Monday, 5 September 2011

Judge & Jury Blogfest!

This blogfest is hosted by the lovely Lady Gwen.



For this blogfest I've snatched two snippets from my latest historical romance novella:
The Highwayman's Mistress.

As you will gather there's a highwayman on the loose, and while Diamonta has it in mind Francois - her beloved -  might be a highwayman, doubt suddenly enters play! So, who do you think might be the robbing culprit who very nearly caused a Duchess to fall vagary to the faints, or is this a devious author's red-herring?   





“Diamonta, Diamonta,” squealed Leohne. “Mother has just returned from town, and you will never believe what has happened.”
    “Oh do stop dramatising and just tell me.”
    “Well, it seems a highwayman was shot today.”
   Her heart lurched. “Our highwayman?”
   “No one knows for sure. He was shot on the London road not far beyond Malmesbury.”
   “Killed?”  Oh God, please, let it not be Francois.
   “No, not dead. He escaped, but it was said he near fell from his horse so it was thought he was badly wounded.”
   Sense of nausea and dizziness overwhelmed her. She dared not stand, dared not display any sense of concern as to the highwayman’s welfare, yet her need to know finite details of the man’s escape a must.    “Who shot him, and which way did he go?”
   “In this direction, I suppose, because mother said a horseman rode past her carriage at the gallop and barely keeping to his saddle. It wasn’t until she reached town she discovered what had occurred a few miles ahead of her.”
   Oh Francois, what have you done?
   “Diamonta, are you all right, you’ve turned as white as the sheets on our beds.”
   “I have a bit of head pain, and need to go and lie down for a while.”

♥♥♥

The grand masked ball at its peak she noted her mother now in conversation with Lady Fortnum and barely a glance in their direction. About to ask Richard a leading question about Francois, he declared in hushed tone, “I think I’m bleeding.”   
   “Bleeding?”
   “I have a wound in my shoulder, and I swear blood is running down my arm.”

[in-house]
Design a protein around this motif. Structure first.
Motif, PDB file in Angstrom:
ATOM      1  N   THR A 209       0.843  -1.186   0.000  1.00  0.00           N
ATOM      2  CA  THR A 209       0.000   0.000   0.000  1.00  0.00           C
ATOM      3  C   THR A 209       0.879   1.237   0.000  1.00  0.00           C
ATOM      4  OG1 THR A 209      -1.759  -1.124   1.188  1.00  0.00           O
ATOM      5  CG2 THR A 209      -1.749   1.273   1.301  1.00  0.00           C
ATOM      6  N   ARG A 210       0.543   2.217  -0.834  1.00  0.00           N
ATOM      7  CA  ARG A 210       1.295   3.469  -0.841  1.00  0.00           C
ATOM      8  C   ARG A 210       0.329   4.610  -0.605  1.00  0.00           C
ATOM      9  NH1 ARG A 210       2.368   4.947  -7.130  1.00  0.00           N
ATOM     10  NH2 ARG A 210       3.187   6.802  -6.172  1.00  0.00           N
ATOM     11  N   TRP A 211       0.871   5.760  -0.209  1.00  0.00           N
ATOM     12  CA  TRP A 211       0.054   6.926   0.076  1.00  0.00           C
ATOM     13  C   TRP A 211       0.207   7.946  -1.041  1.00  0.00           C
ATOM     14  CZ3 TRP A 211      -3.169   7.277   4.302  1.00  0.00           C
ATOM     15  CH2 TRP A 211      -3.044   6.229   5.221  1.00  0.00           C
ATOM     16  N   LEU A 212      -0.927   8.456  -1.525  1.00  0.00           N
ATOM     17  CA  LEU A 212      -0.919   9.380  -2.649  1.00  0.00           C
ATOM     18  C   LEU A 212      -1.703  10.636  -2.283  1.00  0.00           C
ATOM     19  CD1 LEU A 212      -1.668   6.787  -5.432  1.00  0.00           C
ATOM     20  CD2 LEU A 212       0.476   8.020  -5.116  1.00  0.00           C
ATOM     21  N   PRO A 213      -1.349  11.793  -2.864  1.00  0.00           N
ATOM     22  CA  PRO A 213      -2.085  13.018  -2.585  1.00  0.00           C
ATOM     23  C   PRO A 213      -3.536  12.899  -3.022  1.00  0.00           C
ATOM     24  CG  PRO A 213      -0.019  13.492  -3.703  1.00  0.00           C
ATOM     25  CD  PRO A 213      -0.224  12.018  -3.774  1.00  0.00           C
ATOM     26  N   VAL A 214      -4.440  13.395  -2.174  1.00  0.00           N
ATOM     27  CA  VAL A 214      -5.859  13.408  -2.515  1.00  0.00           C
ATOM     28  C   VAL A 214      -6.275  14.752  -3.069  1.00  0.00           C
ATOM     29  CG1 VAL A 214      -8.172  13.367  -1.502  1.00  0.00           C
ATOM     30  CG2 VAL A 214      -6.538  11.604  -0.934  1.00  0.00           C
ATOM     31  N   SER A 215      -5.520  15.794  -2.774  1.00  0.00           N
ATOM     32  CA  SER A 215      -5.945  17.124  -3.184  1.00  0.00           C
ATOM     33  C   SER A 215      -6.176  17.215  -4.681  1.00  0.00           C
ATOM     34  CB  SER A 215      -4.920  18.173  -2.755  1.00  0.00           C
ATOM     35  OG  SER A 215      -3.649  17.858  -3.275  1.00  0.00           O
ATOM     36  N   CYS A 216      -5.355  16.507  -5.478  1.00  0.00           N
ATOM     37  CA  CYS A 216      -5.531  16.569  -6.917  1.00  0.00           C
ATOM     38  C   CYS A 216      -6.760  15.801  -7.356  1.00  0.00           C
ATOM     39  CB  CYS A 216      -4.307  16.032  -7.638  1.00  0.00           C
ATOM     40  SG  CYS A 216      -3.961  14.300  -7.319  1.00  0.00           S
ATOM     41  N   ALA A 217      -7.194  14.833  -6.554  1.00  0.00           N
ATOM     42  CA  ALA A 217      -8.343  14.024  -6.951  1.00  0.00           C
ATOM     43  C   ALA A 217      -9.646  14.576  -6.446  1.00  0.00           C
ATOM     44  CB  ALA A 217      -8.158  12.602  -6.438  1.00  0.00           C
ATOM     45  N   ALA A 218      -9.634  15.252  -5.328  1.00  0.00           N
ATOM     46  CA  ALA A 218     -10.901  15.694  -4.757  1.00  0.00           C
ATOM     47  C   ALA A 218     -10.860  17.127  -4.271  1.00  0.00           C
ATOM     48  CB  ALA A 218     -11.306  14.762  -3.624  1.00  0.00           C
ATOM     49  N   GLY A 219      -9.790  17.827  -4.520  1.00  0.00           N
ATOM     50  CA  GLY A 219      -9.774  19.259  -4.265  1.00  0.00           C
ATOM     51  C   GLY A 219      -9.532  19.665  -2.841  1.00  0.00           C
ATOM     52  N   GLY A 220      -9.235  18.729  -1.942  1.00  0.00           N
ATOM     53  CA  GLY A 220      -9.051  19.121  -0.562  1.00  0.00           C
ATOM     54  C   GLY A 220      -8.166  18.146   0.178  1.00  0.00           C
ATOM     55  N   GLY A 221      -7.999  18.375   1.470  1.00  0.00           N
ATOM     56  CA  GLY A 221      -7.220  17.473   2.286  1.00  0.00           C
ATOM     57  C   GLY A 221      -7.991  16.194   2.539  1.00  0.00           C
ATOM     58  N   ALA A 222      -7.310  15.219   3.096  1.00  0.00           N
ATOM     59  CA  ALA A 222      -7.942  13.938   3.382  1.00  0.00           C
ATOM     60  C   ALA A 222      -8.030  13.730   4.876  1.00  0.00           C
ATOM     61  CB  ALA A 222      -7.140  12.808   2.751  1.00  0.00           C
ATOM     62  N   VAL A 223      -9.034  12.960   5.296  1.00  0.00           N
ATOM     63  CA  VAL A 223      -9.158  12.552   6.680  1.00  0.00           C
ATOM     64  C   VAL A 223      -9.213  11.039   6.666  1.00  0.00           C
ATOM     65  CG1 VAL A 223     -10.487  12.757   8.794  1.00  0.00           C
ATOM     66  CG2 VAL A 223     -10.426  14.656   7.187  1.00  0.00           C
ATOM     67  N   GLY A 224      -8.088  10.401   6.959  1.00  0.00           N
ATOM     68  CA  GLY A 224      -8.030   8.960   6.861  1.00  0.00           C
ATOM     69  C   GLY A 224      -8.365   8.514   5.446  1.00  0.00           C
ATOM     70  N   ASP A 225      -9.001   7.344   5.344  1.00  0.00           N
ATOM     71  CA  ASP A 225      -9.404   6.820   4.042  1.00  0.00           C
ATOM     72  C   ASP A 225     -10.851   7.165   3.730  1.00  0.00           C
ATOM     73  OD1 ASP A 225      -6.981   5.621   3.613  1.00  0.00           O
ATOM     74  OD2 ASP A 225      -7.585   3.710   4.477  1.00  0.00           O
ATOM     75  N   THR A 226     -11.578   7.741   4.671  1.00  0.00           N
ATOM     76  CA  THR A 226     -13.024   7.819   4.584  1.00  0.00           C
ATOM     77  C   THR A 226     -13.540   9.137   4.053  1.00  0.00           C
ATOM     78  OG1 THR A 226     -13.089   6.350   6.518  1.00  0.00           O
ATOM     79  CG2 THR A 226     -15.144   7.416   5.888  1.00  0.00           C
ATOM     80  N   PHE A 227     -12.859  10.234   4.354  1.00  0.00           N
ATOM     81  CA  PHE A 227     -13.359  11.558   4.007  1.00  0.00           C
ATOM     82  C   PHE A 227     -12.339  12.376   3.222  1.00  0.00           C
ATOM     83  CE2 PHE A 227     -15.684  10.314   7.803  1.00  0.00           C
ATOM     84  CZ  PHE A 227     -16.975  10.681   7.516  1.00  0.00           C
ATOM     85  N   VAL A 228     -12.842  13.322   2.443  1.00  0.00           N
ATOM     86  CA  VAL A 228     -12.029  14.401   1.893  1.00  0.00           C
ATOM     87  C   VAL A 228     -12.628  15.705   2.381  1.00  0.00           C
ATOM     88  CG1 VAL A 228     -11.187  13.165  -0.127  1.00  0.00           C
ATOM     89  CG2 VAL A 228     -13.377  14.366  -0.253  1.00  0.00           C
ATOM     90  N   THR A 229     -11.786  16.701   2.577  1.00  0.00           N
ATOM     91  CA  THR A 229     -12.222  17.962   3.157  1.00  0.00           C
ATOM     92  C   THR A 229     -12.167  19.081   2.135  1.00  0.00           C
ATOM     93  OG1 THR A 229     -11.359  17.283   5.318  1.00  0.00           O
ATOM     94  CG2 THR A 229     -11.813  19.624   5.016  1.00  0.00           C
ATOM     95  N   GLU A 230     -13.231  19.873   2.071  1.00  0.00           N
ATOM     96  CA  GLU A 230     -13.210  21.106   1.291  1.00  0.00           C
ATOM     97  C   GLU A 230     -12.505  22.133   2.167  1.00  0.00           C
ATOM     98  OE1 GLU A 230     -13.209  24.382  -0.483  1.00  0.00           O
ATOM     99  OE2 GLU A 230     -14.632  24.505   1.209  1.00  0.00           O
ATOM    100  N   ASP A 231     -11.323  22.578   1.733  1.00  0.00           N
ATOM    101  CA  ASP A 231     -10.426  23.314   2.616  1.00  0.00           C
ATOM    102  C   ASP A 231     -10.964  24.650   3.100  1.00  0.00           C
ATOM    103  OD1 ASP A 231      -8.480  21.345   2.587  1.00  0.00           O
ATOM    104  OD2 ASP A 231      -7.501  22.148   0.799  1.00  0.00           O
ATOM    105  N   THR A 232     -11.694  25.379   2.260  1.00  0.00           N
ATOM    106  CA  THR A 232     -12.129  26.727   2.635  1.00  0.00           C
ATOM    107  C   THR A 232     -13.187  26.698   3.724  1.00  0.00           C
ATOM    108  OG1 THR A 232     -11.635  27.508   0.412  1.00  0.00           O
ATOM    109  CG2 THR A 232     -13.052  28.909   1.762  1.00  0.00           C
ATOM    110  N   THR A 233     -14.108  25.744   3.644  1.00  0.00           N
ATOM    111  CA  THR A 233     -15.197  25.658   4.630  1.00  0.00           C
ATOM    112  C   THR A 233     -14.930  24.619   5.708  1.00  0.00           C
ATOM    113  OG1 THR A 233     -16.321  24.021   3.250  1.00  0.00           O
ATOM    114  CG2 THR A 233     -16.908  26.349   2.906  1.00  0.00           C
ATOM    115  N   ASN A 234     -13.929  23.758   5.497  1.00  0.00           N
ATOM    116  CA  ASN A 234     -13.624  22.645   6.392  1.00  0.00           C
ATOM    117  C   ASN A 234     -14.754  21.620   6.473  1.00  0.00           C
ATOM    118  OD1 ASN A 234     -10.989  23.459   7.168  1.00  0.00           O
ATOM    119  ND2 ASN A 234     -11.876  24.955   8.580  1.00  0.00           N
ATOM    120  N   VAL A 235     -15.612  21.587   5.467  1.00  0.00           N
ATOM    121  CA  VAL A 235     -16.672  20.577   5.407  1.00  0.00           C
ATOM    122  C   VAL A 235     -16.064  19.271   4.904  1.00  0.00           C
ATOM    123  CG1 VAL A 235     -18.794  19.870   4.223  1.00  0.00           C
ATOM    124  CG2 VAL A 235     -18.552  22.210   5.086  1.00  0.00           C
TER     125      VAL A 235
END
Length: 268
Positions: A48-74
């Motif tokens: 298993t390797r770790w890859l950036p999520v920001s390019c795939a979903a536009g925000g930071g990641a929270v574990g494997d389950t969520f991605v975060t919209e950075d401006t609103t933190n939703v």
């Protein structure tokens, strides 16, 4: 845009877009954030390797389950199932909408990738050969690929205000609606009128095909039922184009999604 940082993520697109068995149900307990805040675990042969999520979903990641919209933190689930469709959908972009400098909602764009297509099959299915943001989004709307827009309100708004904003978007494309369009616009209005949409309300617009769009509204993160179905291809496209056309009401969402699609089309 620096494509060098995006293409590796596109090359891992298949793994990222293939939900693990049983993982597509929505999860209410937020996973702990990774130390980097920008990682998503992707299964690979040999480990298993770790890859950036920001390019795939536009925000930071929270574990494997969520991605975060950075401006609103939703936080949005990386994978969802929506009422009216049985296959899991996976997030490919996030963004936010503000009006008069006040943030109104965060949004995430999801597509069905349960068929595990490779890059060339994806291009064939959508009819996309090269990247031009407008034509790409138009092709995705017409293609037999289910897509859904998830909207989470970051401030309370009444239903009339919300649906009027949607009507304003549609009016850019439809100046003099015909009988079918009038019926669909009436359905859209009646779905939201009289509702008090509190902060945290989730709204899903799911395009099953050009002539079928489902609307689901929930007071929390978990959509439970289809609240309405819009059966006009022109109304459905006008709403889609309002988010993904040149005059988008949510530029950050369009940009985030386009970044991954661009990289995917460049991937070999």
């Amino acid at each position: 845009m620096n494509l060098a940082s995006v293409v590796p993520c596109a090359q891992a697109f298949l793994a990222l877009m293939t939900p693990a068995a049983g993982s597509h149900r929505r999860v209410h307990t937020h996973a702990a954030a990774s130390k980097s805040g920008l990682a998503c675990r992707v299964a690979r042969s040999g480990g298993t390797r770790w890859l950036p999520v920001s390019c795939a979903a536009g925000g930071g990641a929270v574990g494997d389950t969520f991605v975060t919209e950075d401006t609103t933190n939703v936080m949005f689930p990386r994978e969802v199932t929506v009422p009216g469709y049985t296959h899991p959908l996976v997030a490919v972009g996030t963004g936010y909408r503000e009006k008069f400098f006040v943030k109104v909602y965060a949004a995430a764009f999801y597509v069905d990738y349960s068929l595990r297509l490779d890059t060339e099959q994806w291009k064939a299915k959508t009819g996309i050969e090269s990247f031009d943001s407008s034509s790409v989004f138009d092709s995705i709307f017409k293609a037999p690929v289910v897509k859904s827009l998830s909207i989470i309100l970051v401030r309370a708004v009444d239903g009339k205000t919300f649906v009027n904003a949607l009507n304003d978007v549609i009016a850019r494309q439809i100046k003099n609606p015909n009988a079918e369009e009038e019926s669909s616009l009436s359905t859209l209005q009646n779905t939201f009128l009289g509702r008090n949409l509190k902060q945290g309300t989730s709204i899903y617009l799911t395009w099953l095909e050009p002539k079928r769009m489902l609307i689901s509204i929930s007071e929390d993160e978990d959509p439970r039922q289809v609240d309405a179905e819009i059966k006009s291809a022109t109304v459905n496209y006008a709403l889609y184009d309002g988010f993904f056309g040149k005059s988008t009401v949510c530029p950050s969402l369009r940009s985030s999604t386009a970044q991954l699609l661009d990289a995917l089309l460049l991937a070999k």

She instinctively glanced the length of his arm to hand, and indeed his fingers were blooded and blood dripping to the floor. “Oh Lord.” She snatched his lace-trimmed kerchief from his sleeve, and discreetly wrapped it around his hand to cover his blooded fingers.  “Just keep walking toward the garden doors.”
   “Damn fool, I’ve been such a damn fool,” he said, as they hurried out into the cool night air, stars in abundance and as yet no moon. “We can go round to the stables and perhaps slip back into the house unseen.”
   As they hurriedly made their way around the house aided by light casting through windows, she asked, “How did you come by this injury?”

To see entries by other participants go here.

7 comments:

Crystal Cheverie said...

Oh, I love your writing - you make really good use of the show don't tell rule! I'm also dying to know how he came by his injury.

Clarissa Draper said...

A great mystery. Sounds like a historical piece. Thanks for your entry.

Lady Gwen said...

Wow, you're obviously so experienced at this! You told so much in so few words. It's back to the drawing board for me!

Deborah Walker said...

Richard's definitely guilty. Why else would he be wounded. or maybe . . . Great excerpt. Such a short piece is creating all kinds of quetions.

Lady Gwen said...

Hi Francine, I hope we've straightened out the technical problems from my site - I think it was Google! Happens a lot!

Also, I'm thinking of extending the blogfest. I only have 6 entries and I think I'm competing with the hundreds of people involved in Rach Harrie's platorm-building campaign - the First Challenge - there are over 300 so far (including me - having a blast, but...). What do you think?

Francine Howarth said...

Hi ladies, and thanks for stopping by.

Lady Gwen: I think you might be right re the Campaign Challenge. ;)

best
F

Sabrina said...

Love it~!